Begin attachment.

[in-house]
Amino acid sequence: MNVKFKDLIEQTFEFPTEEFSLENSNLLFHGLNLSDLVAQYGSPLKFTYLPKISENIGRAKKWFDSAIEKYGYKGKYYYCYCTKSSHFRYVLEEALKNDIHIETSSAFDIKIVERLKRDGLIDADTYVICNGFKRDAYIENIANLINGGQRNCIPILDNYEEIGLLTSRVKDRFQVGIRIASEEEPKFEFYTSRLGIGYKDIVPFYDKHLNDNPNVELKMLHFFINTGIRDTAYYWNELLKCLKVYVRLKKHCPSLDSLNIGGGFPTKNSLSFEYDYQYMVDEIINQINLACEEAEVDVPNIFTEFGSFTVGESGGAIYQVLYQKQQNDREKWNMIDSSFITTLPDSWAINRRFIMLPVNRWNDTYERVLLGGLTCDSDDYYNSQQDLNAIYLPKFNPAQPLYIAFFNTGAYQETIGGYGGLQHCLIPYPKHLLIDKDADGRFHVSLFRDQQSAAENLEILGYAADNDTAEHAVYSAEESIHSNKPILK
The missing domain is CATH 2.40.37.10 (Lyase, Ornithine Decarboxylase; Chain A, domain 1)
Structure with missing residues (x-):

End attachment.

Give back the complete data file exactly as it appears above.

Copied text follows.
[in-house]
Amino acid sequence: MNVKFKDLIEQTFEFPTEEFSLENSNLLFHGLNLSDLVAQYGSPLKFTYLPKISENIGRAKKWFDSAIEKYGYKGKYYYCYCTKSSHFRYVLEEALKNDIHIETSSAFDIKIVERLKRDGLIDADTYVICNGFKRDAYIENIANLINGGQRNCIPILDNYEEIGLLTSRVKDRFQVGIRIASEEEPKFEFYTSRLGIGYKDIVPFYDKHLNDNPNVELKMLHFFINTGIRDTAYYWNELLKCLKVYVRLKKHCPSLDSLNIGGGFPTKNSLSFEYDYQYMVDEIINQINLACEEAEVDVPNIFTEFGSFTVGESGGAIYQVLYQKQQNDREKWNMIDSSFITTLPDSWAINRRFIMLPVNRWNDTYERVLLGGLTCDSDDYYNSQQDLNAIYLPKFNPAQPLYIAFFNTGAYQETIGGYGGLQHCLIPYPKHLLIDKDADGRFHVSLFRDQQSAAENLEILGYAADNDTAEHAVYSAEESIHSNKPILK
The missing domain is CATH 2.40.37.10 (Lyase, Ornithine Decarboxylase; Chain A, domain 1)
Structure with missing residues (x-):